Tiye also shows up in plenty of monuments via paintings and statues. Notably, her statues are often as large as those of her husband, Amenhotep III. Typically, a king’s image showed him as larger than others around him as a way of visually showing his high status. This means that Tiye’s same-size depictions point towards her influence. Her name also shows up in inscriptions enclosed in a special sign called a cartouche, generally only reserved for kings. More obviously, as the Ancient History Encyclopedia notes, is the evidence that she corresponded directly with foreign rulers like a kind of ancient secretary of state during the reign of her son.

Hatshepsut left a serious mark on ancient Egyptian history

Statue head of Hatshepsut or Thutmose III

Not only does Hatshepsut’s 21-year reign appear to be long even for male pharaohs, but she also undertook a campaign of expeditions and monument building that secured her legacy, even when it came up against her rather sour-grapes successor.

Like other women rulers before and after her, Hatshepsut’s ascension hinged on her male relatives. According to History, the 12-year-old Hatshepsut married her half-brother, Thutmose II, setting her up to become queen one day. When Thutmose II died, his son by another wife became king. Yet, the young Thutmose III was only a boy. Someone would have to act as regent until he came of age. Hatshepsut was conveniently available.

That’s not so strange, since other women had acted as regents. Yet, Hatshepsut’s next move was shocking. As Smithsonian Magazine reports, she decided that things would work better if she were co-ruler. Hatshepsut eventually began presenting herself as a legitimate ruler, to the point where some statues and inscriptions show her as a male king, complete with flat chest and a ceremonial false beard. Besides her extensive monument building, Hatshepsut also pushed for a now-legendary expedition south to the land of Punt, likely on the coast of what’s now Eritrea. Egyptian delegates returned with rich, exotic goods. One inscription claims that "never were such things brought to any king since the world was."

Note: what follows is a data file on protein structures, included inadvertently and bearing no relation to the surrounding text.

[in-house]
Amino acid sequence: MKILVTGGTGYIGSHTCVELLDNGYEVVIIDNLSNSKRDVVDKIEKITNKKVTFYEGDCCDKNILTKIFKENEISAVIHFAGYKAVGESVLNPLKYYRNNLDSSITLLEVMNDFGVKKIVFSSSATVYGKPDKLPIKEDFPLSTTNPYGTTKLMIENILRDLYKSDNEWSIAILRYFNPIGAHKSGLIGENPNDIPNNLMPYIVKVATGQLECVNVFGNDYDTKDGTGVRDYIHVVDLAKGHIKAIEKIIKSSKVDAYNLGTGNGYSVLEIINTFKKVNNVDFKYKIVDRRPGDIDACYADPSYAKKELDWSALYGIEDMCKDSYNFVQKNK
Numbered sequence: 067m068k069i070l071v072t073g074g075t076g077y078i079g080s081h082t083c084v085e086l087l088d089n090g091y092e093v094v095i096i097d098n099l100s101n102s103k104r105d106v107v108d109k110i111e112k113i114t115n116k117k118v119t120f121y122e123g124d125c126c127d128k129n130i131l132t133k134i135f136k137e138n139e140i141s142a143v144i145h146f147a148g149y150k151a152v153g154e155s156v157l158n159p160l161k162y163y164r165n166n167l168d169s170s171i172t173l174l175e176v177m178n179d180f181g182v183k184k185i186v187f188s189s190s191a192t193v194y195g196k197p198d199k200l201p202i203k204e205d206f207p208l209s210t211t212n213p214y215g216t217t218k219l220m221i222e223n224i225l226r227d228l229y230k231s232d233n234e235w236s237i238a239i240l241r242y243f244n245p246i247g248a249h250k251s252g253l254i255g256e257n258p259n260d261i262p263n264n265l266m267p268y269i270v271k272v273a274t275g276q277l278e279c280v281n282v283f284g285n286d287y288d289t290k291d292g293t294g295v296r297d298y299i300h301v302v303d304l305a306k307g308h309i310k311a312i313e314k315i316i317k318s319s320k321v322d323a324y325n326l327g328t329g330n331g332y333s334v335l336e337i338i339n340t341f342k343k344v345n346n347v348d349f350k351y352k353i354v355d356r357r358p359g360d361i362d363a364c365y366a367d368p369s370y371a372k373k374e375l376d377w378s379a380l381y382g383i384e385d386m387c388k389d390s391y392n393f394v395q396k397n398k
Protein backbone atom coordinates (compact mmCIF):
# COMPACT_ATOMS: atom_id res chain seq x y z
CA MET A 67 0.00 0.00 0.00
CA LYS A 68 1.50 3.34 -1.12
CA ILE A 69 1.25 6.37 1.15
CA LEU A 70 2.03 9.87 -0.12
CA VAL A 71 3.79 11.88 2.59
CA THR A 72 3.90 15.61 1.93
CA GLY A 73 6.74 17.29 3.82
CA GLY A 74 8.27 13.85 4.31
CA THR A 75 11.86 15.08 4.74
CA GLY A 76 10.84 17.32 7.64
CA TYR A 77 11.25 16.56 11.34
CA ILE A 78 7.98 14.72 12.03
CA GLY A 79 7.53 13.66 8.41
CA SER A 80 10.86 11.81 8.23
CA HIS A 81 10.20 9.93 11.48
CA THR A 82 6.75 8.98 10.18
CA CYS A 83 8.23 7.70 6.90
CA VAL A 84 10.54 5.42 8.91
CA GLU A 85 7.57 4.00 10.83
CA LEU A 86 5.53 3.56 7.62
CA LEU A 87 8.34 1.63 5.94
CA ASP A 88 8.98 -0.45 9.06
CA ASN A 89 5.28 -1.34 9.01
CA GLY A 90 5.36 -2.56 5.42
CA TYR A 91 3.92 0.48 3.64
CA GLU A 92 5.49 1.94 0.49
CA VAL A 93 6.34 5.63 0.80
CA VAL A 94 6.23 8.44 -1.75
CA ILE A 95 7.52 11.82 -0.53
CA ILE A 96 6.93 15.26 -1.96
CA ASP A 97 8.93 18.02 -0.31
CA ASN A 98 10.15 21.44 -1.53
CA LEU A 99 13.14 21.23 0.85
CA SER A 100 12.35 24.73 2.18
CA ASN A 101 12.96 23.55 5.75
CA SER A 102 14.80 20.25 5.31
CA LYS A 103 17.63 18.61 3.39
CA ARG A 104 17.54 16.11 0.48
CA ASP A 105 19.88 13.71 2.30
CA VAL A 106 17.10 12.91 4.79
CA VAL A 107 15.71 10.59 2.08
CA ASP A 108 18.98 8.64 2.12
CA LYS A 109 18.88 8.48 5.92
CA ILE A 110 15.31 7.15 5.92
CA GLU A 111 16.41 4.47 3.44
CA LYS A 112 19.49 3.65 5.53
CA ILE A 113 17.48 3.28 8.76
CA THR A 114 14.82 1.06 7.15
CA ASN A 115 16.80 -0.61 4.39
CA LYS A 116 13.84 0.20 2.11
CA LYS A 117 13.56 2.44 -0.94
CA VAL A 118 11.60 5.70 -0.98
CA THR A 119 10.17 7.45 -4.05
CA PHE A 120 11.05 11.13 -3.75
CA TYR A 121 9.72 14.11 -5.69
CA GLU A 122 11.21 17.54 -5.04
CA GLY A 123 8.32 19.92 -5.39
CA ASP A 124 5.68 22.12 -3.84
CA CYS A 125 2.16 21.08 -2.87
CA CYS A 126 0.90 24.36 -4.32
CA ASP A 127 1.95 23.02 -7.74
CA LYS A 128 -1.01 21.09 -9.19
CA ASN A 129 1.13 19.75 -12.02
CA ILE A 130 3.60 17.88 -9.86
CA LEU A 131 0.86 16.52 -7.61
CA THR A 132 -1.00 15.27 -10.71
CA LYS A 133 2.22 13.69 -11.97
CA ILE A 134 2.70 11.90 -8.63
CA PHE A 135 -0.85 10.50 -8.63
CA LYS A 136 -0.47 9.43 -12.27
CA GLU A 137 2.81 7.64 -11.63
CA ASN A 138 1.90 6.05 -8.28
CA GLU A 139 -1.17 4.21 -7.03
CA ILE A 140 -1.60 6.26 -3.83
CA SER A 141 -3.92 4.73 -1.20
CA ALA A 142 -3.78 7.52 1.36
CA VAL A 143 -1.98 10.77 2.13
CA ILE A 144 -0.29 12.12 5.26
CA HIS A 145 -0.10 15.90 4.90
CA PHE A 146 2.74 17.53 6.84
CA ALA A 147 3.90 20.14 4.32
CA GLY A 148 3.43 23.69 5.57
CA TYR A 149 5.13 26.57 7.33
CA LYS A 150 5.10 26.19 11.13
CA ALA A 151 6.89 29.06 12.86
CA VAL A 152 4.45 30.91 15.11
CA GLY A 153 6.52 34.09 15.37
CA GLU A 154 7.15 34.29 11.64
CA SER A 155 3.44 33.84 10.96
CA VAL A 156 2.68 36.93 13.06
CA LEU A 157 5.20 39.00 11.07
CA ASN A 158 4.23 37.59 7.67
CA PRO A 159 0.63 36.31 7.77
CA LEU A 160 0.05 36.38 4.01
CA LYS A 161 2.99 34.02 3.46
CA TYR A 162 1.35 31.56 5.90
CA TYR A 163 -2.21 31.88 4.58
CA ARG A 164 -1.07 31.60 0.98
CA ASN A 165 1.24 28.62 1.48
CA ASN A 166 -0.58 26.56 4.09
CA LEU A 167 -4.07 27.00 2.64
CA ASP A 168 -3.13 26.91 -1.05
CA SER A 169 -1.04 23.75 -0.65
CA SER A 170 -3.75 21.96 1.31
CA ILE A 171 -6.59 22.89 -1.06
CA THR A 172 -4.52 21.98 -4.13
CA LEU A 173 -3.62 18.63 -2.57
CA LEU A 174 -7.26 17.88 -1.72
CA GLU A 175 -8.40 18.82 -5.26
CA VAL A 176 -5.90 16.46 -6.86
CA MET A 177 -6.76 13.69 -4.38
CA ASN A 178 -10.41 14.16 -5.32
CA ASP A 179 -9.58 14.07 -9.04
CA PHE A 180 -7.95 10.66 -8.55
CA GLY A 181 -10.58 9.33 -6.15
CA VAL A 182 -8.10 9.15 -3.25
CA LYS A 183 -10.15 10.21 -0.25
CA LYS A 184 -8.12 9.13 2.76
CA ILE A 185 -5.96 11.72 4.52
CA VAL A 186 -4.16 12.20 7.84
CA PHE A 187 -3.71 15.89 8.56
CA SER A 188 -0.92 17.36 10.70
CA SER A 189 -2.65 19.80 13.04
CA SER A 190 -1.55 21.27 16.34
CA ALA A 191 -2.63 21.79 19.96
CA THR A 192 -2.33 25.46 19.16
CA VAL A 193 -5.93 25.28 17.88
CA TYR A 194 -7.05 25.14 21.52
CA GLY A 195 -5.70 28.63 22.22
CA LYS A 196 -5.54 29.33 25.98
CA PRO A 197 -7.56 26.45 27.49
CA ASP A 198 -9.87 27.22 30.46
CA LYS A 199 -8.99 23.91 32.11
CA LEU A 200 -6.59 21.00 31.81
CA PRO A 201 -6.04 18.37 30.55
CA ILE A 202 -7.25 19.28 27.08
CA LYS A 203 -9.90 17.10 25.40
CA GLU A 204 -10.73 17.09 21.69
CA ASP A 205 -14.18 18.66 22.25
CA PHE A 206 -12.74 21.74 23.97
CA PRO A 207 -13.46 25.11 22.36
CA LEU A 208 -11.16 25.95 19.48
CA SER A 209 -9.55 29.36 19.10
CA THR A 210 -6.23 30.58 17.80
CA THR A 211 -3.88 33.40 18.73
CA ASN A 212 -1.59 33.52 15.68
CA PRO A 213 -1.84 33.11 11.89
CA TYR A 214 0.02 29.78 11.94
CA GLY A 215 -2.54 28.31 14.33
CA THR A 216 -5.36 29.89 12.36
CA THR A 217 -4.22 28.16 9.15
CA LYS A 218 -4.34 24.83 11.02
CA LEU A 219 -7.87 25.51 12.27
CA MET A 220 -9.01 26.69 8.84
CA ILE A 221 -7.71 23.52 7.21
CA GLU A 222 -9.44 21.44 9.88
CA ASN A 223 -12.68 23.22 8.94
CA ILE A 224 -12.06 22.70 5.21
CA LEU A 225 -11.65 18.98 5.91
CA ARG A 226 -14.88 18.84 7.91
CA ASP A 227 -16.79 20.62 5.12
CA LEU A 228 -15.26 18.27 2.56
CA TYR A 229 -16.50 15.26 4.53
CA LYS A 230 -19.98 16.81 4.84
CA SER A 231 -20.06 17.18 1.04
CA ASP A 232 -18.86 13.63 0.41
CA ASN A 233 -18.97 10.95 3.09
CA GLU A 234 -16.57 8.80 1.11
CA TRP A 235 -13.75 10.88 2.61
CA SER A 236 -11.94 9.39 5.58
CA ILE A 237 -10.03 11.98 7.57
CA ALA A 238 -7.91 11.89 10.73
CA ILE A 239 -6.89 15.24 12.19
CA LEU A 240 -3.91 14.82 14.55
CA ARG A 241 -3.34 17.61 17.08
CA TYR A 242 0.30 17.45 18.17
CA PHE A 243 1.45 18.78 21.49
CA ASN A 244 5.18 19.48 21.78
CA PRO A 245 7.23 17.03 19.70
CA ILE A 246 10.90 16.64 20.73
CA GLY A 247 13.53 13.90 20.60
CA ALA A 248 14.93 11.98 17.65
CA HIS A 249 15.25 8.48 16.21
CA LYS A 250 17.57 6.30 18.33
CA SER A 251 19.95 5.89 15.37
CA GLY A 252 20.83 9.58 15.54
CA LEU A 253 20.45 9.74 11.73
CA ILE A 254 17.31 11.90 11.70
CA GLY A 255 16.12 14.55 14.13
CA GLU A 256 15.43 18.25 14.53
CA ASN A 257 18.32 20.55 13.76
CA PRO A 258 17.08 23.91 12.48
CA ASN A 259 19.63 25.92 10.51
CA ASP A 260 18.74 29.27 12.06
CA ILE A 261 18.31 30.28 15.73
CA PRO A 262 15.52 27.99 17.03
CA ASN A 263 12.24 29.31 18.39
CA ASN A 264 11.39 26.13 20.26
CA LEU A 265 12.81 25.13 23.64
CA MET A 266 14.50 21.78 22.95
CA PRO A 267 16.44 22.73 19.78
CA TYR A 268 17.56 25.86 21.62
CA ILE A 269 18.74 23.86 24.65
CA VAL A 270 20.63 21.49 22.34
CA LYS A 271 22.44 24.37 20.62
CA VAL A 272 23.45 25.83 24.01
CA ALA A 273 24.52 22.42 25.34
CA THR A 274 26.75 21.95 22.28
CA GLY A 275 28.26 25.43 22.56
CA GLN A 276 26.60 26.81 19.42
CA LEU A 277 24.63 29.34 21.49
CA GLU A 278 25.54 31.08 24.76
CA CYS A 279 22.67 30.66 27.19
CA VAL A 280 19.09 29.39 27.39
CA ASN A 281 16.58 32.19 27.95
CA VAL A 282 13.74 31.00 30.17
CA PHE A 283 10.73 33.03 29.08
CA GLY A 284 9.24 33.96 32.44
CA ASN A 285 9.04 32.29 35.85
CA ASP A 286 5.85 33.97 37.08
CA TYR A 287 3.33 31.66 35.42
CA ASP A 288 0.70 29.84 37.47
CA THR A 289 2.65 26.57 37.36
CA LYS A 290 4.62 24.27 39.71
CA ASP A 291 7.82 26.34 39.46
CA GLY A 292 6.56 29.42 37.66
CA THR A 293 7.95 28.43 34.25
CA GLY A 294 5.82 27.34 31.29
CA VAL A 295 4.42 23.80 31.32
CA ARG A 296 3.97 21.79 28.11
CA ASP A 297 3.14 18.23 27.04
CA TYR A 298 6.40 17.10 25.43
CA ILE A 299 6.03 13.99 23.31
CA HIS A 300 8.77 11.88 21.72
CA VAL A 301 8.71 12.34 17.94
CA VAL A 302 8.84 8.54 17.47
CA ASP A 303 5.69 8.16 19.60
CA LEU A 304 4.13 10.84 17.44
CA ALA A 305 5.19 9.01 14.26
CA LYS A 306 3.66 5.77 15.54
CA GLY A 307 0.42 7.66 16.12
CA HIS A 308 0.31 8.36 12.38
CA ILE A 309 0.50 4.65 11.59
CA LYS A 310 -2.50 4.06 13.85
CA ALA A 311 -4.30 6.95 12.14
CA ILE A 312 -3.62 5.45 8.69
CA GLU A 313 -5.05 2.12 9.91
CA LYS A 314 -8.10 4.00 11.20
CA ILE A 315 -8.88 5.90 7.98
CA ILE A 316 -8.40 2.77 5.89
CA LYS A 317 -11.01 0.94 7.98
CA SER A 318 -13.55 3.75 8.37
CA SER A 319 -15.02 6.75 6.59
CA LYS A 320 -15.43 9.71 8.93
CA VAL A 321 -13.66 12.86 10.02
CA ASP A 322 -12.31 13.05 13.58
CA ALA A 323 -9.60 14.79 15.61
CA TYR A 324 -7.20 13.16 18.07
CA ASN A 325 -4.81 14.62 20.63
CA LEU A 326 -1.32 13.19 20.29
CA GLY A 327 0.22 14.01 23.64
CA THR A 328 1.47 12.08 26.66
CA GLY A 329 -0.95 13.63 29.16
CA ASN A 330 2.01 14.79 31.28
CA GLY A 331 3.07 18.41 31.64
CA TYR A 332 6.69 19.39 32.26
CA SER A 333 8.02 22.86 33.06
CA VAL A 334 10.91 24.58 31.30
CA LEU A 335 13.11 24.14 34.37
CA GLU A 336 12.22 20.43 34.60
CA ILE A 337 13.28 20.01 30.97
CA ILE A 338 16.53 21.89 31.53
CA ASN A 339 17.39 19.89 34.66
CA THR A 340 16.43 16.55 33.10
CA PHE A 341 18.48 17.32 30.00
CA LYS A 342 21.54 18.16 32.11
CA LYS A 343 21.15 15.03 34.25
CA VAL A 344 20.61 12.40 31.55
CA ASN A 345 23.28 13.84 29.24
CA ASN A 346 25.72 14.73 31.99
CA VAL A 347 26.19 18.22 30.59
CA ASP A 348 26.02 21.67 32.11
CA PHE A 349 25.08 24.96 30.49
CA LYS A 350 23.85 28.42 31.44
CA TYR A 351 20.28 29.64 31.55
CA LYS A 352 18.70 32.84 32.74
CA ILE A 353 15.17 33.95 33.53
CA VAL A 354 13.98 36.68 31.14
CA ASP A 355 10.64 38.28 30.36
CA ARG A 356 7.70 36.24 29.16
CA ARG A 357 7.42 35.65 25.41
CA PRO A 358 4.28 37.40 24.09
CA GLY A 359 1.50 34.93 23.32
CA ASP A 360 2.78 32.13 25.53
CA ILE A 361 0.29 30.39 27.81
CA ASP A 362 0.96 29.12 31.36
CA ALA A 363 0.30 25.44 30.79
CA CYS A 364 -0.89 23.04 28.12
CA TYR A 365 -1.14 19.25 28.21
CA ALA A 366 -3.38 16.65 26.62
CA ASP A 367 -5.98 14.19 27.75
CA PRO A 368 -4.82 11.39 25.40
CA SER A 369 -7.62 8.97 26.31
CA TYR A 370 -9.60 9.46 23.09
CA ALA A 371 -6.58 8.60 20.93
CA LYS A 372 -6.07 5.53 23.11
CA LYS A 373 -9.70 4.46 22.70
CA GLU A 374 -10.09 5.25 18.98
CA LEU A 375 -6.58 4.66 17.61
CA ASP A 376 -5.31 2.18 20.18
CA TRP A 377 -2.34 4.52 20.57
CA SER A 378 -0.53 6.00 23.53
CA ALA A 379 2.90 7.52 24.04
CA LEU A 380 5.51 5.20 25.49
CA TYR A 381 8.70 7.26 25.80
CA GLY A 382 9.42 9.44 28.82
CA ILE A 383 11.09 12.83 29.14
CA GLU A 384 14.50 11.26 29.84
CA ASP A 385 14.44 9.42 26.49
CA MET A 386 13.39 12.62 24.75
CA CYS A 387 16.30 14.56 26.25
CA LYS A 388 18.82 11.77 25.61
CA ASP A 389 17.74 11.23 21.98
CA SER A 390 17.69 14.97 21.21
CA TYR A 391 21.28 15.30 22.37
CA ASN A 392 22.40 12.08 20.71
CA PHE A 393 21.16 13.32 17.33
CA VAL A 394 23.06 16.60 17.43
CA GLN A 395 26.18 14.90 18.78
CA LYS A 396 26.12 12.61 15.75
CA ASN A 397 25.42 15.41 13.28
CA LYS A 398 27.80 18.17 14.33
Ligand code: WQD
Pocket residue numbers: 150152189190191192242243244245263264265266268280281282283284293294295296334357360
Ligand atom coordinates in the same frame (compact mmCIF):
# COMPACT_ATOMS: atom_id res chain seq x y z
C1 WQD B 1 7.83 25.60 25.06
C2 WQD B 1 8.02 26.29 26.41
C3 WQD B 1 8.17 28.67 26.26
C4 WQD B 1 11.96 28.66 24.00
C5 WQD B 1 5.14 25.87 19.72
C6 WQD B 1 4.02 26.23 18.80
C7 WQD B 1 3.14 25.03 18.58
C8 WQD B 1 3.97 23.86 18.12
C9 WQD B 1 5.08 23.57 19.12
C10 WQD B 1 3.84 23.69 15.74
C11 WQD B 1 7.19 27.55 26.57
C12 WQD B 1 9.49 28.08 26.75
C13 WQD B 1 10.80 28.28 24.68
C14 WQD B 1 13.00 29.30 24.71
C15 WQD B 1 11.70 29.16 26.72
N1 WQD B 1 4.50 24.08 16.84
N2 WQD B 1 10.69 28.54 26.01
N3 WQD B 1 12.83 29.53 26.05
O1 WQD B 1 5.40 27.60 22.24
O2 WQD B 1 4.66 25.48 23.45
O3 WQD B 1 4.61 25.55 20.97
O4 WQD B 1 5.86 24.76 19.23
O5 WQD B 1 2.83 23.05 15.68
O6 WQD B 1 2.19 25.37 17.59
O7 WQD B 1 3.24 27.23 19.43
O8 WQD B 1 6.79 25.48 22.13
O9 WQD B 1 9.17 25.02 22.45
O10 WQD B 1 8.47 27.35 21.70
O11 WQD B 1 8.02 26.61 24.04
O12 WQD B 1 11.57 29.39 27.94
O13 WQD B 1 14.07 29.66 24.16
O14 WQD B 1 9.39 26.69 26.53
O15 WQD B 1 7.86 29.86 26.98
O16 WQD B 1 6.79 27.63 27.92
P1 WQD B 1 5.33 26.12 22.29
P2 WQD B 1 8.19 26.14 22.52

Nefertiti may have reigned on her own

Bust of Nefertiti wearing headdress

Perhaps one of the most famous images of ancient Egypt is that of the bust of Nefertiti, queen of Egypt. Now housed in Berlin’s Neues Museum, the sculpture first saw the modern era when it was uncovered in 1913 in the ruins of Amarna, the abandoned capital of pharaoh Akhenaten (via History). Since it’s gone on display, the bust has struck people with its stunning beauty.

Yet, the queen who was the subject of this famous sculpture was more than a pretty face. According to the Ancient History Encyclopedia, she was the wife of Akhenaten, the notorious heretic pharaoh of Egypt’s New Kingdom. Shortly after he took the throne around 1353 B.C.E., Akhenaten demanded that the kingdom switch to the monotheistic worship of the sun god, Aten. He uprooted the court and moved it to a newly constructed city, Amarna, where he was accompanied by Nefertiti.